Spain’s new restructuring and refinancing law helps big businesses but not the smaller companies that form the backbone of the country´s economy
Spain’s new restructuring and refinancing law – which aims to avoid bankruptcies – is good for large companies, but does little for smaller businesses, attendees at an event staged by Iberian Lawyer heard.
Pablo Albert, litigation and restructuring director at BDO Abogados, said the focus is generally on that the collapse of large firms steals the limelight. But he added there should be greater emphasis on saving small and medium-sized firms, as they are the ones that drive the Spanish economy. The current system is good for large companies but not smaller ones, and it would be difficult to see large banks, getting involved in saving smaller firms, he said.
The new law means, in accordance with recommendations by the European Commission, the European Central Bank and the IMF, creditors may now convert part of a firm’s debt into capital, without the risk of a minority creditor blocking the proposal.
Iberian Lawyer invited a select group of lawyers and bankers to discuss the reform. The discussion involved an analysis of the risks and opportunities the reform represents, what mechanisms banks have at their disposal and whether the measures will bring about an increase in litigation.
“The reform is not aimed at us, in Spain, rather the reform is conceived for those investment funds that want to enter Spain,” according to Nuria Gómez Hervas, legal advice director at Globalcaja. “The reform will spur investment in distressed firms and assets because, under the previous arrangement, it was impossible for assets in receivership to be the target of an investor interested in striking an agreement to acquire a firm,” according to José Ramón Couso Pascual, financial assets legal director at Sareb. The measure is an urgent one, he added, as some refinancing processes collapsed because they could have led to bankruptcies. Under the reforms, more bankruptcies could be avoided with a system of refinancing and debt restructuring. The reform is an acknowledgement of the failure of the receivership system, according to some participants.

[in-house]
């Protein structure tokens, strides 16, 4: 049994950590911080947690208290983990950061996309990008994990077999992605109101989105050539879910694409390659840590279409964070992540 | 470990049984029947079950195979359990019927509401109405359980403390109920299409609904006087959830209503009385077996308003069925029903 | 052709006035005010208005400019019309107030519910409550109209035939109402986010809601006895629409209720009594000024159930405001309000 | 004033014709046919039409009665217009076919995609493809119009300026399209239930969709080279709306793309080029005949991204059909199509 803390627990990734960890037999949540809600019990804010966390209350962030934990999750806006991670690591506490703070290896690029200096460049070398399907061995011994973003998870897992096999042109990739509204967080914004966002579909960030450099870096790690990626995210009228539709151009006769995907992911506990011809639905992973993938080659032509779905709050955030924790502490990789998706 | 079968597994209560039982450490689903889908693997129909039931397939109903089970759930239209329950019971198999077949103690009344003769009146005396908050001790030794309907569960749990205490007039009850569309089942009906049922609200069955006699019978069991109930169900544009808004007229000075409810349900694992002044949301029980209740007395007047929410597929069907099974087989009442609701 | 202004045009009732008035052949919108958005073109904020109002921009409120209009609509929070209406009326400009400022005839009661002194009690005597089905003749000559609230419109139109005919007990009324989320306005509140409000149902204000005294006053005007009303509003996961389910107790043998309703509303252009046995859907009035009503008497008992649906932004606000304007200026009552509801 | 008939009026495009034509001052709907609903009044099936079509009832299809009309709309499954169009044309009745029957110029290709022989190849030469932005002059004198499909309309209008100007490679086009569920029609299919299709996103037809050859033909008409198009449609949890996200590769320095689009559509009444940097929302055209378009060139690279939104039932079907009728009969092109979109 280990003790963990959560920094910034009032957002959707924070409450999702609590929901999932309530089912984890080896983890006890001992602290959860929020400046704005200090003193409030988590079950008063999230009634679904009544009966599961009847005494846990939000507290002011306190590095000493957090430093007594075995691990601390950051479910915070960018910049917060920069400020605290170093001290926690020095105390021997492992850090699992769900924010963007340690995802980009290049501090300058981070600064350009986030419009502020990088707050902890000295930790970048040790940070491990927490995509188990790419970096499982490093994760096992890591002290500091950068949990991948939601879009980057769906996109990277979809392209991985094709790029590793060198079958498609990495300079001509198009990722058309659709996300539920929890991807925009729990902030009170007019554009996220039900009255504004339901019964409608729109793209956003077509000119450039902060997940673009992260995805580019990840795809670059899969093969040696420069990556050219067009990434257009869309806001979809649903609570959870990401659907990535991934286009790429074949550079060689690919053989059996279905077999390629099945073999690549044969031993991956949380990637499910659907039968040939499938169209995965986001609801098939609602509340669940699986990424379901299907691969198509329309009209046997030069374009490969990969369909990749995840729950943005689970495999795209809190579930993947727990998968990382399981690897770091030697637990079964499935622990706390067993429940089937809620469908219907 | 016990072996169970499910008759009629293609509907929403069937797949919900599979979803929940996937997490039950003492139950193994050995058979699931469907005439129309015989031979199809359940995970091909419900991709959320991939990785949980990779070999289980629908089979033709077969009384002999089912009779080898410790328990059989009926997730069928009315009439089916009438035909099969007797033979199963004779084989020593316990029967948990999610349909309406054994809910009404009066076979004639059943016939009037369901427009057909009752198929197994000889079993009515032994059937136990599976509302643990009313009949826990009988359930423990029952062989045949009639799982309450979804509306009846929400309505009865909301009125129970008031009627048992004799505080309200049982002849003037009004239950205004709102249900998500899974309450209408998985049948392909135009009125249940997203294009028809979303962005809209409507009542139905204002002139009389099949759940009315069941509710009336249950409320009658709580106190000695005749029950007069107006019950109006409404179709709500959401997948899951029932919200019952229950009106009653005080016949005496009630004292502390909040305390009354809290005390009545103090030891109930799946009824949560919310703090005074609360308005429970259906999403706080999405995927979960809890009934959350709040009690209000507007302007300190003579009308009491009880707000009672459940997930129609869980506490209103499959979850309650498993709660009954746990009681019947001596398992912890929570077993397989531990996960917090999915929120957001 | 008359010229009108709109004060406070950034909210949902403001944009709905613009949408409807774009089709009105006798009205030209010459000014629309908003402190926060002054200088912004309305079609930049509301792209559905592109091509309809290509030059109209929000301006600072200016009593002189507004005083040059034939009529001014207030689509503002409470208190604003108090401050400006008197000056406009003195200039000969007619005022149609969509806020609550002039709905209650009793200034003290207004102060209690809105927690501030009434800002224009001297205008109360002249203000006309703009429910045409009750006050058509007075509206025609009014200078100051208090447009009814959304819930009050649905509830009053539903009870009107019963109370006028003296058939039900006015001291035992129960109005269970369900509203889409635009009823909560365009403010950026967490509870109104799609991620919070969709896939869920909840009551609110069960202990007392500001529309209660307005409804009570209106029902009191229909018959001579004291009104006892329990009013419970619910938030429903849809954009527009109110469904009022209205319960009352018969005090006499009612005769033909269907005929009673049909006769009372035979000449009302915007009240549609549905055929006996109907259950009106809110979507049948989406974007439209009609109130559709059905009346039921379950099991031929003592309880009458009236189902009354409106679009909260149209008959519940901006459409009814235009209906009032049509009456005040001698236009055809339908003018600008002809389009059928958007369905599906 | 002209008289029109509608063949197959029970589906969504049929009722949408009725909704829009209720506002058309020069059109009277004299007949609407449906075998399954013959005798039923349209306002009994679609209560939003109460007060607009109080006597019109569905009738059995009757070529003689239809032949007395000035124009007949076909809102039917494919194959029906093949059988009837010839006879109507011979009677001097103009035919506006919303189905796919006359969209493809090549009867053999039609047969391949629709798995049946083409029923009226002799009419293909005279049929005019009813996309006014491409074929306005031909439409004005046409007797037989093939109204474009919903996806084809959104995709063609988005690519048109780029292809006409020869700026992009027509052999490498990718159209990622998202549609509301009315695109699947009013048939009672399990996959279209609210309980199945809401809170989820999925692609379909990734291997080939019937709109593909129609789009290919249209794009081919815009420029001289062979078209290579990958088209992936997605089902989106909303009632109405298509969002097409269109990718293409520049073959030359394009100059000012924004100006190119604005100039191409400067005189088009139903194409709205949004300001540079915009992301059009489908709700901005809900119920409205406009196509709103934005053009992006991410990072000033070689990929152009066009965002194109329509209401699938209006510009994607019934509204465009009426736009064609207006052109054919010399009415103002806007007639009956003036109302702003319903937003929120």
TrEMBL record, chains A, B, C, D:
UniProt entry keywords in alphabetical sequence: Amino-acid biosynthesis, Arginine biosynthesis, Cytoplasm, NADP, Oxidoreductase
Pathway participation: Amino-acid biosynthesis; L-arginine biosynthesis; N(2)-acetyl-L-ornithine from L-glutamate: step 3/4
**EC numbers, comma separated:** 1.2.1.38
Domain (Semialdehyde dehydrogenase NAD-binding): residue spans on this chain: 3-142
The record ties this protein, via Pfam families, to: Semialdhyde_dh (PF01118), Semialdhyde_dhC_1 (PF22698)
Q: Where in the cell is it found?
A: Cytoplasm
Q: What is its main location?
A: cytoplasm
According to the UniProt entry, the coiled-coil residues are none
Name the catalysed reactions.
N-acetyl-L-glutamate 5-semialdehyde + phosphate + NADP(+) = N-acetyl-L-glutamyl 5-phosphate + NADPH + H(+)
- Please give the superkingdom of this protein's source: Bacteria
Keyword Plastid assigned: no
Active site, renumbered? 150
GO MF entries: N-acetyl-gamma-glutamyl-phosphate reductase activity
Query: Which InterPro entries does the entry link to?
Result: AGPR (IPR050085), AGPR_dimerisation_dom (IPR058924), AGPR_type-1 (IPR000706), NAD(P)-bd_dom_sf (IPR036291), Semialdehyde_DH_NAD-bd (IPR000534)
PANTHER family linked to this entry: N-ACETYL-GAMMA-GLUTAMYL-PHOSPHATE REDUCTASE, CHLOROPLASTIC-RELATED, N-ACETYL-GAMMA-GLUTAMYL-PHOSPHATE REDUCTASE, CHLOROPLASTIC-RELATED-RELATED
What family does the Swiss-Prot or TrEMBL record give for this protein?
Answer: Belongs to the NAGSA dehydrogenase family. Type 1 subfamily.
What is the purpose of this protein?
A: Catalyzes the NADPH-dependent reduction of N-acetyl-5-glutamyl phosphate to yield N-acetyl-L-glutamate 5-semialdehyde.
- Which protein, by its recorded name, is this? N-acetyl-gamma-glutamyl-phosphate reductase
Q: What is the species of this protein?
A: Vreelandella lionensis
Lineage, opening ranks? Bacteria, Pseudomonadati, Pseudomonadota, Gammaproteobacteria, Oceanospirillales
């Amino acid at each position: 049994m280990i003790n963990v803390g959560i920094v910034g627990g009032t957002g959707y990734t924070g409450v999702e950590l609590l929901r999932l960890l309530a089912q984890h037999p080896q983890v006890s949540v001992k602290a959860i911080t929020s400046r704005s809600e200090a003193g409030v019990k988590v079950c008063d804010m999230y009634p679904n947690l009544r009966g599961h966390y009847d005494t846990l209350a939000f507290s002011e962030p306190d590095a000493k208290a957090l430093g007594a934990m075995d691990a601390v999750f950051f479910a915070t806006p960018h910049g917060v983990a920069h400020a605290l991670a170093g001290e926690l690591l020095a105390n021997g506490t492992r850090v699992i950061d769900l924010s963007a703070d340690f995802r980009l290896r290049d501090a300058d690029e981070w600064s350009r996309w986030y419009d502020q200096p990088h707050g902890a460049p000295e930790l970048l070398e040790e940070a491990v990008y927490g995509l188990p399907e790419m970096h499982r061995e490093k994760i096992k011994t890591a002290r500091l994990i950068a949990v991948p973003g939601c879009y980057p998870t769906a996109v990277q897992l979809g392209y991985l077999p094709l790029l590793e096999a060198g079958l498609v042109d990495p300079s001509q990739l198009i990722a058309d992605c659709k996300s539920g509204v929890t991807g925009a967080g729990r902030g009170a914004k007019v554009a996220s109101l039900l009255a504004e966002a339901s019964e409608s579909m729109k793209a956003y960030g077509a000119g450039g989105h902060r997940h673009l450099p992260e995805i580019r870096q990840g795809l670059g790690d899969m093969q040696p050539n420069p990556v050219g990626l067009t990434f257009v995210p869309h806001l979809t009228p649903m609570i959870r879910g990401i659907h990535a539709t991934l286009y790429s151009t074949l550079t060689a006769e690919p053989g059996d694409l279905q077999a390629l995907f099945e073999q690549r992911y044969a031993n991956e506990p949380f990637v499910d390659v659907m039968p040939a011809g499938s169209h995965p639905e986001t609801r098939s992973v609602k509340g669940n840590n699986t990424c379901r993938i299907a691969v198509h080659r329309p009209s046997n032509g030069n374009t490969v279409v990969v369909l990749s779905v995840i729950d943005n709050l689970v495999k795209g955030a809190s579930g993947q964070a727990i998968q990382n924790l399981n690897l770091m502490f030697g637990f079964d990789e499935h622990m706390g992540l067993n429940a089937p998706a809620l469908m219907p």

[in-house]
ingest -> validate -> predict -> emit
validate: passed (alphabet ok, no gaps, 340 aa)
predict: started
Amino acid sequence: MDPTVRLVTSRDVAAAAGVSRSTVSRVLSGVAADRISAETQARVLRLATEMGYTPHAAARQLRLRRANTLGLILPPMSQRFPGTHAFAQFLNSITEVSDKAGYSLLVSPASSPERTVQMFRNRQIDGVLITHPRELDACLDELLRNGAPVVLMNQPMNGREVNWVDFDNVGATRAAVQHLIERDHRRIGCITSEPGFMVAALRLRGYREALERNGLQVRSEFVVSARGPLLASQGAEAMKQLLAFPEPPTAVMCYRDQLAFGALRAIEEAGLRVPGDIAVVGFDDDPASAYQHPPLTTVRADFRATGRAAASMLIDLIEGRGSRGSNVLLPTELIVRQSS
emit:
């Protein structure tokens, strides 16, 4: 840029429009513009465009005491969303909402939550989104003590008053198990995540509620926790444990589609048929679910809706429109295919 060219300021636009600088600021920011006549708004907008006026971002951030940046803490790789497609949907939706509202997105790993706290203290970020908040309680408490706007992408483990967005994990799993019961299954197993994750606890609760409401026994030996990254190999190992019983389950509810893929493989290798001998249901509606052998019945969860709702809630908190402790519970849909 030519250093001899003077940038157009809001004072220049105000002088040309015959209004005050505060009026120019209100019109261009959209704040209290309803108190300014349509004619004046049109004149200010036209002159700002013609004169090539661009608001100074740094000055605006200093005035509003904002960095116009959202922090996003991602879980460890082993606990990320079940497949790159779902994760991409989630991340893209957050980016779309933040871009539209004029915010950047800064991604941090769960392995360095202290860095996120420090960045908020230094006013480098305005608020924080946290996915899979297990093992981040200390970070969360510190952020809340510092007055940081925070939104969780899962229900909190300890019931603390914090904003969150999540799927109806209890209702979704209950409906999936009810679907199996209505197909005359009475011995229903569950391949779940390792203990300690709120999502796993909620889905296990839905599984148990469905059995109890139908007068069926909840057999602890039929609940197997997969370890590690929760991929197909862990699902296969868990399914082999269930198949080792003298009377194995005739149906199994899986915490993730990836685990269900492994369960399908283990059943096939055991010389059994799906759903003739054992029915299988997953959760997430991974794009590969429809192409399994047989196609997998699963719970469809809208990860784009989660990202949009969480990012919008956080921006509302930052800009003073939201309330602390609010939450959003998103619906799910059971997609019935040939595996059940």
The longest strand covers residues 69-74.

The purpose of the reform is to avoid major bankruptcies. “The practical and immediate aim is to prevent the bankruptcies of large companies, such as Spain’s large real estate developers, which lack access to a method of refinancing,” according to Alfonso Díez de Revenga, director of ING Direct’s bankruptcy advisory. Firms entering receivership without access to refinancing are not able to escape receivership, he added.
Participants highlighted the fact that debt recapitalisation is a tool that has not been used in Spain where there has not been a tradition of implementing such a measure. It was suggested that banks could become experts in all sectors and sit on the board with the same level of responsibility as a result of being backed by their capital.
Banks reluctant to refinance
Debt refinancing is one option for companies facing bankruptcy, but banks will be reluctant to refinance when the resources necessary are immense, according to José Manuel Sánchez de la Torre, legal director at Banco Mare Nostrum. Attendees discussed the fact that small and medium-sized firms view banks as partners, but banks end up doing the business of managing large debt and the problem is passed along and not solved. Receivership would previously cause panic within a firm and its suppliers, and the new system will mitigate that panic, and empower banks as business partners, attendees heard.
Some legal advisers put smaller companies into a receivership and abandon them without talking to the bank, and if a company is left without refinancing options the degree of chaos that can be created is enormous, said Alfonso Díez de Revenga, head of legal, restructuring and litigation at ING Direct. The reform therefore provides security for firms and the opportunity for crisis resolution, while also creating opportunities for foreign investment funds looking for a foothold in Spain.